The Unitarian Universalist Fellowship of Durango presents a jazz showcase with Linda & the Jazz Monsters on Saturday evening. The group, featuring Linda Baker, Evan Suiter, Clay Lowder, Ryan McCurry, Jack Maynes and Chris Ross, will perform at 7 p.m., with a reception preceding music at 6:15.

Rob Nance & the Lost Souls have a couple of local dates this week, first at the Ska Brewing World Headquarters tonight, and then at the Dolores River Brewery on Friday.

The 20th annual Artisan’s Holiday Gift Show takes place from 9 a.m. ‘til 4 p.m. Saturday at the Strater Hotel. This is an eclectic blend of hand-crafted work by 10 local artisans.

This week’s Balcony Backstage slate includes the Outskirts at 9:30 p.m. Friday and Whiskey Autumn at 9:30 p.m. Saturday. Meanwhile, Kirk James goes solo at 5:30 p.m. tonight (Thur., Nov. 9) at the Kennebec Cafe? in Hesperus.

In case you missed it, tickets to four additions to the Community Concert Hall’s season went on sale this past Monday: The Motet (Jan. 12), Los Lobos (Jan. 19), Farewell Angelina (April 14) and Paula Poundstone (June 15). I’m rather pumped up about Los Lobos, one of the seminal American roots acts of the past 40 years. The Motet is certainly a local favorite, having played countless times at the Animas City Theatre the past 15 years. Their shows usually sold out the ACT, so it will be interesting to see if their energy translates in the big room with up to three times the size. Farewell Angelina is an up-and-coming country group featuring four female vocalists. And Paula Poundstone always sells out locally, thanks in no small part to her devoted following on NPR’s “Wait Wait ... Don’t Tell Me!”

There’s something in a Sunday that makes a body feel alone? Email me at chrisa@gobrainstorm.net.

Top Shelf

The blues, the whole blues, and nothing but the blues
The blues, the whole blues, and nothing but the blues
By Chris Aaland
09/13/2018

And so it ends. The last major blowout of festival season is upon us. When the Bones of J.R. Jones strikes their first note at Sunset Plaza in Mountain Village at 5 p.m. tonight (Thur., Sept. 13), the 25th annual Telluride Blues & Brews will officially be under way. Denver’s Dragondeer follows.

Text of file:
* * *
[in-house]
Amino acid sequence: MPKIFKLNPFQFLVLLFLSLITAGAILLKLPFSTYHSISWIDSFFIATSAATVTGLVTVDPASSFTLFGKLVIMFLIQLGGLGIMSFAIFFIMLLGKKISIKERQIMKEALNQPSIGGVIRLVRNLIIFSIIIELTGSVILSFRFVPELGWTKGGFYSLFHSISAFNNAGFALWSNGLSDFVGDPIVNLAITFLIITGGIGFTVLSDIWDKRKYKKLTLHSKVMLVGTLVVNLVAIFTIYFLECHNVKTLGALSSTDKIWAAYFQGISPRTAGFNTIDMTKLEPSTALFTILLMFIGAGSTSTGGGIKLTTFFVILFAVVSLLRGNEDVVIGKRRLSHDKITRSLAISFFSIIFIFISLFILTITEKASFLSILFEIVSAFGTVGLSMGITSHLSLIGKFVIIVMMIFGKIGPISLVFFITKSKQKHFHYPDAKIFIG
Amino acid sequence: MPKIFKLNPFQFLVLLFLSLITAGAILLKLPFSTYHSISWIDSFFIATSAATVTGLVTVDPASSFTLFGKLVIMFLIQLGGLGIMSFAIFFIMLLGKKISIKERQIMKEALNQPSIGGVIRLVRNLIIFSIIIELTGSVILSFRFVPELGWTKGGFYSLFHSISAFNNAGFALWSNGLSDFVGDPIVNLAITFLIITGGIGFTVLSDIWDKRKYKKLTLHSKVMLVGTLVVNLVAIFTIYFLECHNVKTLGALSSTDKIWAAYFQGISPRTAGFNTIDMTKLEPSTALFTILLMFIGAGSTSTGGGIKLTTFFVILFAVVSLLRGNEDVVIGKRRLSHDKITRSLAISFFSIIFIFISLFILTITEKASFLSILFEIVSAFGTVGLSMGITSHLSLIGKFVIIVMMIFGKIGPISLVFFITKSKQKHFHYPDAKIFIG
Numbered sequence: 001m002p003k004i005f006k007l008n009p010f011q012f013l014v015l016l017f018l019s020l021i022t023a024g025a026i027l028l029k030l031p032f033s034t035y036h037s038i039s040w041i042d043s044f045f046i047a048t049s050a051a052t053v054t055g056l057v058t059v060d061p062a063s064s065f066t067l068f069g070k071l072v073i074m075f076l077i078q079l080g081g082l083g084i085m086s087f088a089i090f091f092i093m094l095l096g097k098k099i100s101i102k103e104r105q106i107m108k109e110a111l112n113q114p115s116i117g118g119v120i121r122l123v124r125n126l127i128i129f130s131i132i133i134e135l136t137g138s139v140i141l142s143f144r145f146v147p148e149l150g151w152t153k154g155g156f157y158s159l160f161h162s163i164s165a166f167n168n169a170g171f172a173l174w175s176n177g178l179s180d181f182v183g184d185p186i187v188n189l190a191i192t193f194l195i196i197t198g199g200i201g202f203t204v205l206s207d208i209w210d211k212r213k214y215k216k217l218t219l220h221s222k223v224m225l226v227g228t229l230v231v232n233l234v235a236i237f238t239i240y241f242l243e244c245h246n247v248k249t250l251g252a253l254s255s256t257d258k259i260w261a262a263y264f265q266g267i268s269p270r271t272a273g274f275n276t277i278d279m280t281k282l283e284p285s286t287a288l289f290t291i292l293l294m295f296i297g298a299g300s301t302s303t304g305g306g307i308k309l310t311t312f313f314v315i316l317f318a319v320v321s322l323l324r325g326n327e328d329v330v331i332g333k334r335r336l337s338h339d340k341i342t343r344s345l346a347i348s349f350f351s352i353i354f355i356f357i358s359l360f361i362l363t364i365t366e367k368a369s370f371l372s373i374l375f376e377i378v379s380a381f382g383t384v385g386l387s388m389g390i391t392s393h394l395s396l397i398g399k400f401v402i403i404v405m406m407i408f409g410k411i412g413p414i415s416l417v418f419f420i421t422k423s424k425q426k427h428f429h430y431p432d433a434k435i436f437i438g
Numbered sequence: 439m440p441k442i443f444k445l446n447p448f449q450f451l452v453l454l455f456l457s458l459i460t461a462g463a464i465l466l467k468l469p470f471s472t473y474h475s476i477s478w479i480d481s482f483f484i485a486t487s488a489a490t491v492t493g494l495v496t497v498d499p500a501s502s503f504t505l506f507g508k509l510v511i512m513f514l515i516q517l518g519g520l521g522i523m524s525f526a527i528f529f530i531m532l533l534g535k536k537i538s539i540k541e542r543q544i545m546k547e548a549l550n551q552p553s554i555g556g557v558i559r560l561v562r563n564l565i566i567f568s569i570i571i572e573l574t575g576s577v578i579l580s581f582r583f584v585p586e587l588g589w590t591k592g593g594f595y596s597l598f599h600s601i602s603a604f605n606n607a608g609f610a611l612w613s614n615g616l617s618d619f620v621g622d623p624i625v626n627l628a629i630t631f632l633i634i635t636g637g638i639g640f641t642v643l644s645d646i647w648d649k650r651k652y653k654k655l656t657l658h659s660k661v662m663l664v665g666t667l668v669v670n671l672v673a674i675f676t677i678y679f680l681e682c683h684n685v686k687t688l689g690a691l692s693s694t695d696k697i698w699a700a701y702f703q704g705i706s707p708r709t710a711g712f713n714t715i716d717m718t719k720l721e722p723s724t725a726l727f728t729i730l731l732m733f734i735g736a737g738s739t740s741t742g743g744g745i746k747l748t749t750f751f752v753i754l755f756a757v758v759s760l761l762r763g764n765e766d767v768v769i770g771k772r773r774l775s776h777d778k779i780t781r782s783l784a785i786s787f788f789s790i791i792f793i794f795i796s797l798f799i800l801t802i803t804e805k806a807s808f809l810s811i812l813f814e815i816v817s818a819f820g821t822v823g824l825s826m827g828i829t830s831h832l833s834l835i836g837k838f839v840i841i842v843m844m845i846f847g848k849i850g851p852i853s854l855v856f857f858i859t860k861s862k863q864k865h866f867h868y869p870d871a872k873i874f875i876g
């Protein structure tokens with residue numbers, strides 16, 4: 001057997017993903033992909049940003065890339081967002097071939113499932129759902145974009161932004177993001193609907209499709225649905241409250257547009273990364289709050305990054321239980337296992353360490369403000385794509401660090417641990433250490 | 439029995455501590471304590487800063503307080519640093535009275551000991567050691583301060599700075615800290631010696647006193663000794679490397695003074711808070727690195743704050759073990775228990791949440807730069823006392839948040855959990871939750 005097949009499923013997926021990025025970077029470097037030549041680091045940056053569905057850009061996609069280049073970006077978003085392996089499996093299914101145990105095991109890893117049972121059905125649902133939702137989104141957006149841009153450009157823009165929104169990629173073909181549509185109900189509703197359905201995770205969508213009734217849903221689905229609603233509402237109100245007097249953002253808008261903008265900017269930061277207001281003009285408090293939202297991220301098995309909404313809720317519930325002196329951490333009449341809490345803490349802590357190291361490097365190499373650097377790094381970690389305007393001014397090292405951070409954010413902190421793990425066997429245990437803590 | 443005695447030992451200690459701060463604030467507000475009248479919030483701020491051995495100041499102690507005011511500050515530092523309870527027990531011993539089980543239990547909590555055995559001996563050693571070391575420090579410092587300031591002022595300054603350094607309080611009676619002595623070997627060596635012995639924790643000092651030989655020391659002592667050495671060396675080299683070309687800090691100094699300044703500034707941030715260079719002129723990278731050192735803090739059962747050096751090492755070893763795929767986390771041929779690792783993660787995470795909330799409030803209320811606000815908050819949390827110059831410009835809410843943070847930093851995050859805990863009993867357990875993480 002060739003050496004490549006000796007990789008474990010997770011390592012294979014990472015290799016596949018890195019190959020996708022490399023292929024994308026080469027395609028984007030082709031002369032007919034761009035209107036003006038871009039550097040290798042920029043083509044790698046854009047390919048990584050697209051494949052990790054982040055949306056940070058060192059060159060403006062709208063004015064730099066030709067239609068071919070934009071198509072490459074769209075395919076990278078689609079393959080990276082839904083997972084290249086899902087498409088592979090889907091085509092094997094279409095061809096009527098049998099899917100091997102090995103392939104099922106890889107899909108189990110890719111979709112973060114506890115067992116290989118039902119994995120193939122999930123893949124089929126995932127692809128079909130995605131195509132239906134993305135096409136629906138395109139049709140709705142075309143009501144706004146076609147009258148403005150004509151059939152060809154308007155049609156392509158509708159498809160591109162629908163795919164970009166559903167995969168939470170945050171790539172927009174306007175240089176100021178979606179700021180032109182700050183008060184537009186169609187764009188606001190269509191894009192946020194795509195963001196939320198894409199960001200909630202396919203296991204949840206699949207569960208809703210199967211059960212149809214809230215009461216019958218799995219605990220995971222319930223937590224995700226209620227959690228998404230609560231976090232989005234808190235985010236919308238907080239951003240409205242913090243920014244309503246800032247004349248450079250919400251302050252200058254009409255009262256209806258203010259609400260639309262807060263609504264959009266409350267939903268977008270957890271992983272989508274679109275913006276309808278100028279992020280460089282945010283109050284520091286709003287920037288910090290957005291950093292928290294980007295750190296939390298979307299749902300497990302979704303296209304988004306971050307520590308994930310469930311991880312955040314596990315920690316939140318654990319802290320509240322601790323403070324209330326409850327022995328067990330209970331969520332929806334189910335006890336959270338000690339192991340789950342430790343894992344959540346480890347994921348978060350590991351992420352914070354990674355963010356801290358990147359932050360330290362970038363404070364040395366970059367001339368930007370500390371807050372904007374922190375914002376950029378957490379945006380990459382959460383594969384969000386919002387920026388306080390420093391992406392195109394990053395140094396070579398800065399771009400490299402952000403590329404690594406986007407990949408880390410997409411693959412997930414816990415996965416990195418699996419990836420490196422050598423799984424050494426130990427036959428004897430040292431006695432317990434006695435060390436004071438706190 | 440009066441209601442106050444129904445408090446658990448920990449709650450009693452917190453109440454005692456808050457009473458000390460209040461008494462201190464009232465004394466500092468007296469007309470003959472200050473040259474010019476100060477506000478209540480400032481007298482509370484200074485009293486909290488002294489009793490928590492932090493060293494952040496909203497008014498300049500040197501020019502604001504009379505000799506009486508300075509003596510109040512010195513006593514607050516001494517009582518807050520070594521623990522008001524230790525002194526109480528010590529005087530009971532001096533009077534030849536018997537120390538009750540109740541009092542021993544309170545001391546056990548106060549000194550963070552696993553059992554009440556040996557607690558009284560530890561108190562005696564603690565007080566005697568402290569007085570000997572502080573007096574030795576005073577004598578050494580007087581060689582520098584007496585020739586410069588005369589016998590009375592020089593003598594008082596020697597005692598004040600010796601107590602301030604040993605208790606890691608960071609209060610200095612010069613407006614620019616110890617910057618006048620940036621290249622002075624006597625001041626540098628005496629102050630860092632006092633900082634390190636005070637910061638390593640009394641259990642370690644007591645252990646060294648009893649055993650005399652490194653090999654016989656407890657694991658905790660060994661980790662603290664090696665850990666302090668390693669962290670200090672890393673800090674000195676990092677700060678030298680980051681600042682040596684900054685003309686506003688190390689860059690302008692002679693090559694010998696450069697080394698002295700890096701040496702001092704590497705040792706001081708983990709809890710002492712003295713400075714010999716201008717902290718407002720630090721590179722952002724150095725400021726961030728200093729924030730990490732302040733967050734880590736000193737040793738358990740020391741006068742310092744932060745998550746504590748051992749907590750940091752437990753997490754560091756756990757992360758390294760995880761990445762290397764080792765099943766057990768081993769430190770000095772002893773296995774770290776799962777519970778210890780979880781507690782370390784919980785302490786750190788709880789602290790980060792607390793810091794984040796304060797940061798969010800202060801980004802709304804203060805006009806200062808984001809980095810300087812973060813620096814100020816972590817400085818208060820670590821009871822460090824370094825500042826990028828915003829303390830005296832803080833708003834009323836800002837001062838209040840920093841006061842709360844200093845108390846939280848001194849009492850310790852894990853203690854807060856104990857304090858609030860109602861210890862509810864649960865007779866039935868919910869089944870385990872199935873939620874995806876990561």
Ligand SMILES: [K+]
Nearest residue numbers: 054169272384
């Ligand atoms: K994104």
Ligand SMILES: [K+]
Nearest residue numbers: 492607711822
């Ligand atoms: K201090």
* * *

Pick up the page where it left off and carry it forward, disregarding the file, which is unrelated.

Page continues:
Ska-nniversary, joining the circus & Twin Buttes bash
Ska-nniversary, joining the circus & Twin Buttes bash
By Chris Aaland
09/06/2018

Ska Brewing’s 23rd Anniversary and Brewers Invitational takes place from 4-9 p.m. Saturday at the World Headquarters in Bodo Park.

Four Corners folks, Sneaky Pete and motorcycles
Four Corners folks, Sneaky Pete and motorcycles
By Chris Aaland
08/30/2018

The 23rd annual Four Corners Folk Festival takes place Friday through Sunday on Reservoir Hill in Pagosa Springs.

A tribute to the Queen of Soul
A tribute to the Queen of Soul
By Chris Aaland
08/23/2018

I must admit that I didn’t realize who Aretha Franklin was through most of my childhood. But before I delve into my baptism into the Church of Aretha, I should probably tell the back story.

Read All in Top Shelf

Day in the Life

On the Rocks
On the Rocks
By Stephen Eginoire
09/13/2018

Does the incredibly fast-paced world of outdoor sports make you anxious? Is your bike too nice to ride? Perhaps the abundance of trail-panache has made you self-conscious.

Gone to Press
Gone to Press
By Stephen Eginoire
09/06/2018

As crisp mornings give way to shorter days, harvest season has begun. In Montezuma County, this year’s apple crop has been remarkable.

Let the good times roll
Let the good times roll
By Stephen Eginoire
08/30/2018

It’s that time of year again. Turn up the Steppenwolf, cinch the do-rag and juice the throttle, ’cause the open road is calling

Spored Silly
Spored Silly
By Stephen Eginoire
08/23/2018

With more than 70,000 identified species representing the kingdom of fungi, these cryptic organisms are anything but boring (as punned in the headline).

Read All in Day on the Life